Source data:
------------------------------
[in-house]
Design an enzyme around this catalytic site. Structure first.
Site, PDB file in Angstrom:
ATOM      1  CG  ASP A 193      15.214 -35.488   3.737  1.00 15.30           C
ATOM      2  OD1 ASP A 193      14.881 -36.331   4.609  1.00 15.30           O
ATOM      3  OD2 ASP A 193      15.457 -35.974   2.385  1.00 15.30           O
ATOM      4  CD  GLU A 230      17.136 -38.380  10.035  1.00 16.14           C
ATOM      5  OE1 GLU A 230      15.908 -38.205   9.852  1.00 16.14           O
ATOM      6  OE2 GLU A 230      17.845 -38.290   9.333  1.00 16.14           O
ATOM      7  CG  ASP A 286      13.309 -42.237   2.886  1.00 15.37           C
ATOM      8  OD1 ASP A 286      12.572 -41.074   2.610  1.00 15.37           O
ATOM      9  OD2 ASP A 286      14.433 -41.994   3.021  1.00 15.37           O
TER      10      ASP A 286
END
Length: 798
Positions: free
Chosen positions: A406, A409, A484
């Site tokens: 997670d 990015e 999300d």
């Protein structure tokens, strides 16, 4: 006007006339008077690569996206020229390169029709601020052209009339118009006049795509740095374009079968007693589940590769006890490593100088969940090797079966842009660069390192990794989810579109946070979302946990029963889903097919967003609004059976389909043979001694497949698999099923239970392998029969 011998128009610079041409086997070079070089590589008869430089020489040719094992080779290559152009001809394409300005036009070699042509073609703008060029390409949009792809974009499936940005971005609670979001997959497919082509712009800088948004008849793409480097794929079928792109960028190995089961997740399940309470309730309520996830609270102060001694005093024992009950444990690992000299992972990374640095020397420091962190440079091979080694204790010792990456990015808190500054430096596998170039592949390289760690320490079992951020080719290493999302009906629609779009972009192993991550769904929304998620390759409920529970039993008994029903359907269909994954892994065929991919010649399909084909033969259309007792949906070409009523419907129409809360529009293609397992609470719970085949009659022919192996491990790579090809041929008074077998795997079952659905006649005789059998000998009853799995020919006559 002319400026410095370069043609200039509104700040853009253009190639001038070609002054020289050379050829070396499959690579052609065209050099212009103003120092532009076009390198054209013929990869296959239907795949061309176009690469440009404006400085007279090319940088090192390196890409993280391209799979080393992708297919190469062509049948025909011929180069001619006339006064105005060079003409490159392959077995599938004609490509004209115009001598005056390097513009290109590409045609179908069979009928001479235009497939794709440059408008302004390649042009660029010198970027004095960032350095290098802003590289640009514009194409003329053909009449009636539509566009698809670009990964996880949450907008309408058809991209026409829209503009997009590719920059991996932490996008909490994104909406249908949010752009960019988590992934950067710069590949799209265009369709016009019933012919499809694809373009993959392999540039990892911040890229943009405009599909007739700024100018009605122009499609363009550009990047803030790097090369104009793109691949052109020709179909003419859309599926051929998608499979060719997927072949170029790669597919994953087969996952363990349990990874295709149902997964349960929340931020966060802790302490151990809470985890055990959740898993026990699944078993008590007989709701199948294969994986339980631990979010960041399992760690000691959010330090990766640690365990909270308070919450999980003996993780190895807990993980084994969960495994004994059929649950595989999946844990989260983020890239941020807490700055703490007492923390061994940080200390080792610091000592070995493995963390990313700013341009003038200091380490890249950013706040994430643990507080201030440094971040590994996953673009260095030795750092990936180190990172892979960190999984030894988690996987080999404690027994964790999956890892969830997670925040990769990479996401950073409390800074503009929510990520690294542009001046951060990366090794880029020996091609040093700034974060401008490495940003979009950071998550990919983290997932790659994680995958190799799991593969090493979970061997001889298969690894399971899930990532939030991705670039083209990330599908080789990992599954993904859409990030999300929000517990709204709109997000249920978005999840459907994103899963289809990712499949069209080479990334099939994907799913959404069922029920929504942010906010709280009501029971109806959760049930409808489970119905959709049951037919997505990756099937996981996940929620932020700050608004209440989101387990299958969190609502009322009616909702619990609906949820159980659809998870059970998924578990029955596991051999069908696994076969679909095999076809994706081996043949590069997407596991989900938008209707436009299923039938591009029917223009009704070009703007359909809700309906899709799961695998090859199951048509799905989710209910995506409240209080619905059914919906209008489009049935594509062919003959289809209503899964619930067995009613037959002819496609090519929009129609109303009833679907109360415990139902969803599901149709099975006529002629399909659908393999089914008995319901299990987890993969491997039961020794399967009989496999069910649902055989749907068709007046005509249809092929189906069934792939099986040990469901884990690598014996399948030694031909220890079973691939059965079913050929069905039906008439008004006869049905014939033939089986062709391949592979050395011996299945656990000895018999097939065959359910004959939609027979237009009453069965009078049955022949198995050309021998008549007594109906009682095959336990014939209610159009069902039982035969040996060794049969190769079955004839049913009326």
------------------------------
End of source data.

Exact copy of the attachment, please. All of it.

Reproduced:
[in-house]
Design an enzyme around this catalytic site. Structure first.
Site, PDB file in Angstrom:
ATOM      1  CG  ASP A 193      15.214 -35.488   3.737  1.00 15.30           C
ATOM      2  OD1 ASP A 193      14.881 -36.331   4.609  1.00 15.30           O
ATOM      3  OD2 ASP A 193      15.457 -35.974   2.385  1.00 15.30           O
ATOM      4  CD  GLU A 230      17.136 -38.380  10.035  1.00 16.14           C
ATOM      5  OE1 GLU A 230      15.908 -38.205   9.852  1.00 16.14           O
ATOM      6  OE2 GLU A 230      17.845 -38.290   9.333  1.00 16.14           O
ATOM      7  CG  ASP A 286      13.309 -42.237   2.886  1.00 15.37           C
ATOM      8  OD1 ASP A 286      12.572 -41.074   2.610  1.00 15.37           O
ATOM      9  OD2 ASP A 286      14.433 -41.994   3.021  1.00 15.37           O
TER      10      ASP A 286
END
Length: 798
Positions: free
Chosen positions: A406, A409, A484
């Site tokens: 997670d 990015e 999300d």
């Protein structure tokens, strides 16, 4: 006007006339008077690569996206020229390169029709601020052209009339118009006049795509740095374009079968007693589940590769006890490593100088969940090797079966842009660069390192990794989810579109946070979302946990029963889903097919967003609004059976389909043979001694497949698999099923239970392998029969 011998128009610079041409086997070079070089590589008869430089020489040719094992080779290559152009001809394409300005036009070699042509073609703008060029390409949009792809974009499936940005971005609670979001997959497919082509712009800088948004008849793409480097794929079928792109960028190995089961997740399940309470309730309520996830609270102060001694005093024992009950444990690992000299992972990374640095020397420091962190440079091979080694204790010792990456990015808190500054430096596998170039592949390289760690320490079992951020080719290493999302009906629609779009972009192993991550769904929304998620390759409920529970039993008994029903359907269909994954892994065929991919010649399909084909033969259309007792949906070409009523419907129409809360529009293609397992609470719970085949009659022919192996491990790579090809041929008074077998795997079952659905006649005789059998000998009853799995020919006559 002319400026410095370069043609200039509104700040853009253009190639001038070609002054020289050379050829070396499959690579052609065209050099212009103003120092532009076009390198054209013929990869296959239907795949061309176009690469440009404006400085007279090319940088090192390196890409993280391209799979080393992708297919190469062509049948025909011929180069001619006339006064105005060079003409490159392959077995599938004609490509004209115009001598005056390097513009290109590409045609179908069979009928001479235009497939794709440059408008302004390649042009660029010198970027004095960032350095290098802003590289640009514009194409003329053909009449009636539509566009698809670009990964996880949450907008309408058809991209026409829209503009997009590719920059991996932490996008909490994104909406249908949010752009960019988590992934950067710069590949799209265009369709016009019933012919499809694809373009993959392999540039990892911040890229943009405009599909007739700024100018009605122009499609363009550009990047803030790097090369104009793109691949052109020709179909003419859309599926051929998608499979060719997927072949170029790669597919994953087969996952363990349990990874295709149902997964349960929340931020966060802790302490151990809470985890055990959740898993026990699944078993008590007989709701199948294969994986339980631990979010960041399992760690000691959010330090990766640690365990909270308070919450999980003996993780190895807990993980084994969960495994004994059929649950595989999946844990989260983020890239941020807490700055703490007492923390061994940080200390080792610091000592070995493995963390990313700013341009003038200091380490890249950013706040994430643990507080201030440094971040590994996953673009260095030795750092990936180190990172892979960190999984030894988690996987080999404690027994964790999956890892969830997670925040990769990479996401950073409390800074503009929510990520690294542009001046951060990366090794880029020996091609040093700034974060401008490495940003979009950071998550990919983290997932790659994680995958190799799991593969090493979970061997001889298969690894399971899930990532939030991705670039083209990330599908080789990992599954993904859409990030999300929000517990709204709109997000249920978005999840459907994103899963289809990712499949069209080479990334099939994907799913959404069922029920929504942010906010709280009501029971109806959760049930409808489970119905959709049951037919997505990756099937996981996940929620932020700050608004209440989101387990299958969190609502009322009616909702619990609906949820159980659809998870059970998924578990029955596991051999069908696994076969679909095999076809994706081996043949590069997407596991989900938008209707436009299923039938591009029917223009009704070009703007359909809700309906899709799961695998090859199951048509799905989710209910995506409240209080619905059914919906209008489009049935594509062919003959289809209503899964619930067995009613037959002819496609090519929009129609109303009833679907109360415990139902969803599901149709099975006529002629399909659908393999089914008995319901299990987890993969491997039961020794399967009989496999069910649902055989749907068709007046005509249809092929189906069934792939099986040990469901884990690598014996399948030694031909220890079973691939059965079913050929069905039906008439008004006869049905014939033939089986062709391949592979050395011996299945656990000895018999097939065959359910004959939609027979237009009453069965009078049955022949198995050309021998008549007594109906009682095959336990014939209610159009069902039982035969040996060794049969190769079955004839049913009326």